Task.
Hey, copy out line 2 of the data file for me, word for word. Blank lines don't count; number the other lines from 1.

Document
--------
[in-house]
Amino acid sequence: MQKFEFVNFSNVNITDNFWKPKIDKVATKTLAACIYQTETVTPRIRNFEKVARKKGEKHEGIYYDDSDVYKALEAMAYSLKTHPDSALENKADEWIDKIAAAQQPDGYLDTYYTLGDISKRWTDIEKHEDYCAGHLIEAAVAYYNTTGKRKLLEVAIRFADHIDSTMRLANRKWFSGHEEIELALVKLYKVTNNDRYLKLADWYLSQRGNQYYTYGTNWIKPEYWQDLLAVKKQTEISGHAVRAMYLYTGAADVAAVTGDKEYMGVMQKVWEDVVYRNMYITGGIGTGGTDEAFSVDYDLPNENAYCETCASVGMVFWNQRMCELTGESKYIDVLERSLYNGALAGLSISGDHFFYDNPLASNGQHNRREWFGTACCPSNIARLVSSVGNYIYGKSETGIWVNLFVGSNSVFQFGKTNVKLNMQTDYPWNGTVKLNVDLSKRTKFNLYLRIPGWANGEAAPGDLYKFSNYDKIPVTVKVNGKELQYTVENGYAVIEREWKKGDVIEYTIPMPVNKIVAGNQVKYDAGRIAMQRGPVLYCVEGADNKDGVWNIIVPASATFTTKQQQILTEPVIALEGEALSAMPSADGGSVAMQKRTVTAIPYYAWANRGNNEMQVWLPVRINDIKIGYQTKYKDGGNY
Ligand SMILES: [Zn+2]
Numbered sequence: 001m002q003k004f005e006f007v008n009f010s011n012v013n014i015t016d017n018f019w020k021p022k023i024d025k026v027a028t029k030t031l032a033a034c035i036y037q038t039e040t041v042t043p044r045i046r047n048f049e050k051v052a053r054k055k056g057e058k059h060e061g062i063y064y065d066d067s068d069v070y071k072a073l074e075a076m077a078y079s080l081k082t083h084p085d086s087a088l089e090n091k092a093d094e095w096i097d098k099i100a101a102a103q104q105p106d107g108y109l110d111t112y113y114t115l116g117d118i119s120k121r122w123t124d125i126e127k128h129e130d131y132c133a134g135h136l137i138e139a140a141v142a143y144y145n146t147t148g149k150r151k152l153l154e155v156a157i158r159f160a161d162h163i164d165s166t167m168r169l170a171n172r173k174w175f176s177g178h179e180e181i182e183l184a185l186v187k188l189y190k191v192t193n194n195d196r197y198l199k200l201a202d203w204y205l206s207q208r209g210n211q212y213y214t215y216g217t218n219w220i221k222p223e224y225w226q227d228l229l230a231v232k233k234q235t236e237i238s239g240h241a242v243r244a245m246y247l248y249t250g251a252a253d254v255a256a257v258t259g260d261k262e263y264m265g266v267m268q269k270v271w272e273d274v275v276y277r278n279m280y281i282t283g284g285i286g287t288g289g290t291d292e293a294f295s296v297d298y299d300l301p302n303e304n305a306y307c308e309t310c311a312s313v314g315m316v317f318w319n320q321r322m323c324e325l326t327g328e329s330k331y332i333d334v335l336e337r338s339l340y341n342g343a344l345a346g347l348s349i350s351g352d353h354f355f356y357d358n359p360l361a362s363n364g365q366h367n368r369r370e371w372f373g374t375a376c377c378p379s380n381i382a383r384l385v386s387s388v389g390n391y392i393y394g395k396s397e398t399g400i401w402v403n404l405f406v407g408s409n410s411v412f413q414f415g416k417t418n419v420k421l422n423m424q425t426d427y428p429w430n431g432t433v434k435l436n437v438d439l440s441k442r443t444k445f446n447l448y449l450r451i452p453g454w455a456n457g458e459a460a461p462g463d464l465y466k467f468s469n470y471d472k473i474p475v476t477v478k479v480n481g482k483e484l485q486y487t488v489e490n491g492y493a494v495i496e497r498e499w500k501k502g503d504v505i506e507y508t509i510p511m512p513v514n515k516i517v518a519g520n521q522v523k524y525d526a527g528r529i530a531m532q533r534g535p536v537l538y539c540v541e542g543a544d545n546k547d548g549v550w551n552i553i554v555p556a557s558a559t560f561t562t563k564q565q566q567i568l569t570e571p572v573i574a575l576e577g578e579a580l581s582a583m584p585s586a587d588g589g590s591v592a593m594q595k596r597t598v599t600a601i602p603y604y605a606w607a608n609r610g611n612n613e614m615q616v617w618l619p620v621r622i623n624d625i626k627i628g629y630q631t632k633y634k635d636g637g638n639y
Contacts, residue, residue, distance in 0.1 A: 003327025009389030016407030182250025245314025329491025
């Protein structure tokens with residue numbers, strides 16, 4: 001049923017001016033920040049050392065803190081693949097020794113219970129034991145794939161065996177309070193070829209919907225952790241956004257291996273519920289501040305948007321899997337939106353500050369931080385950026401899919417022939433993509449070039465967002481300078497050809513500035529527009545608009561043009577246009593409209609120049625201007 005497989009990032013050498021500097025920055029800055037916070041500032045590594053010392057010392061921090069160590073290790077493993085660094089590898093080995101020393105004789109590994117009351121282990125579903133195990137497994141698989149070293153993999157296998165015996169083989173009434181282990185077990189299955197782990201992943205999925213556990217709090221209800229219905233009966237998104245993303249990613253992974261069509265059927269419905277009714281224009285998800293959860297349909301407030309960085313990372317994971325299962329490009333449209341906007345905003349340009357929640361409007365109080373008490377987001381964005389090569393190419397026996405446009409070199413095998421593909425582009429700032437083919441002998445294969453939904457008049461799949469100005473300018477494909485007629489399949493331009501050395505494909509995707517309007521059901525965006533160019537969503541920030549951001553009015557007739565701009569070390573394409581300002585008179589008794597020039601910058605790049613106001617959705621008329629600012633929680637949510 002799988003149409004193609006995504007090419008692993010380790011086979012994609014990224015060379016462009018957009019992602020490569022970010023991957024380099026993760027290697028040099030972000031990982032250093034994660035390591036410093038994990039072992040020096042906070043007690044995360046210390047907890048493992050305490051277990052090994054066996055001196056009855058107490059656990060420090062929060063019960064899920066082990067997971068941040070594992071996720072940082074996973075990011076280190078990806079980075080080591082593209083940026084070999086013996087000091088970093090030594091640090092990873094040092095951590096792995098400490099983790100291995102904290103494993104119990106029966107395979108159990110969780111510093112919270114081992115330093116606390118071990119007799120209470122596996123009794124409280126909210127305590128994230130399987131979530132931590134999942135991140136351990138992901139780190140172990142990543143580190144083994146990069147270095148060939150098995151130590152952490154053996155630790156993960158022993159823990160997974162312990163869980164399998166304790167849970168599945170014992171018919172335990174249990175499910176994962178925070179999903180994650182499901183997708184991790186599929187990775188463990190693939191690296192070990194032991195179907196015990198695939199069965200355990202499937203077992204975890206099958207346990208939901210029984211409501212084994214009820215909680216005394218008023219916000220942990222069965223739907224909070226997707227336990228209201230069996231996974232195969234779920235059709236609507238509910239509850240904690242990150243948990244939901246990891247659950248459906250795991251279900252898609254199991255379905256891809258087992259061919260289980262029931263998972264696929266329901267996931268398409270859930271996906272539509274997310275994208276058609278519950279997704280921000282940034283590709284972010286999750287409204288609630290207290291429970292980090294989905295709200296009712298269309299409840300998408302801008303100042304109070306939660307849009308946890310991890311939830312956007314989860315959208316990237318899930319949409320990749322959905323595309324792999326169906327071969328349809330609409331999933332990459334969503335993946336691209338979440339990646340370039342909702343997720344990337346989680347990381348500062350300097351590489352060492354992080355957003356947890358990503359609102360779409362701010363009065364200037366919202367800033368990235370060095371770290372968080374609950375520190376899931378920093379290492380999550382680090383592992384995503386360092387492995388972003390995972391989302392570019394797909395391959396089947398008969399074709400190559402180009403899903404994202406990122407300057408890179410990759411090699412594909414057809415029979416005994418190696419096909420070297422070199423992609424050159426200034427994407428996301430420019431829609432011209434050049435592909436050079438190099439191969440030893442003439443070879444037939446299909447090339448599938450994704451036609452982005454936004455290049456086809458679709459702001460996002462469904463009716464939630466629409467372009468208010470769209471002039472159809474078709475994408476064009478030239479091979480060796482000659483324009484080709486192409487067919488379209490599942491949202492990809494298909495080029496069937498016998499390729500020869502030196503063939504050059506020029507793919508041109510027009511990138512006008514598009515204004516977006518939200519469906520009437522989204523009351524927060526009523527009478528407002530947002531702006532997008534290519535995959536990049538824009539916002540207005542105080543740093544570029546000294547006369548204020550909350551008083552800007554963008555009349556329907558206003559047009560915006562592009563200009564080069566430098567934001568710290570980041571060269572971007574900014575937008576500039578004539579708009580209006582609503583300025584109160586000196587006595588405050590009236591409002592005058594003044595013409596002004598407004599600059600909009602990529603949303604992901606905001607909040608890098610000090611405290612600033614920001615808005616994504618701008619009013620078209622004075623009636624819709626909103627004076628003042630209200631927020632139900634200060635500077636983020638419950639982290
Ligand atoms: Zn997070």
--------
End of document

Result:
Amino acid sequence: MQKFEFVNFSNVNITDNFWKPKIDKVATKTLAACIYQTETVTPRIRNFEKVARKKGEKHEGIYYDDSDVYKALEAMAYSLKTHPDSALENKADEWIDKIAAAQQPDGYLDTYYTLGDISKRWTDIEKHEDYCAGHLIEAAVAYYNTTGKRKLLEVAIRFADHIDSTMRLANRKWFSGHEEIELALVKLYKVTNNDRYLKLADWYLSQRGNQYYTYGTNWIKPEYWQDLLAVKKQTEISGHAVRAMYLYTGAADVAAVTGDKEYMGVMQKVWEDVVYRNMYITGGIGTGGTDEAFSVDYDLPNENAYCETCASVGMVFWNQRMCELTGESKYIDVLERSLYNGALAGLSISGDHFFYDNPLASNGQHNRREWFGTACCPSNIARLVSSVGNYIYGKSETGIWVNLFVGSNSVFQFGKTNVKLNMQTDYPWNGTVKLNVDLSKRTKFNLYLRIPGWANGEAAPGDLYKFSNYDKIPVTVKVNGKELQYTVENGYAVIEREWKKGDVIEYTIPMPVNKIVAGNQVKYDAGRIAMQRGPVLYCVEGADNKDGVWNIIVPASATFTTKQQQILTEPVIALEGEALSAMPSADGGSVAMQKRTVTAIPYYAWANRGNNEMQVWLPVRINDIKIGYQTKYKDGGNY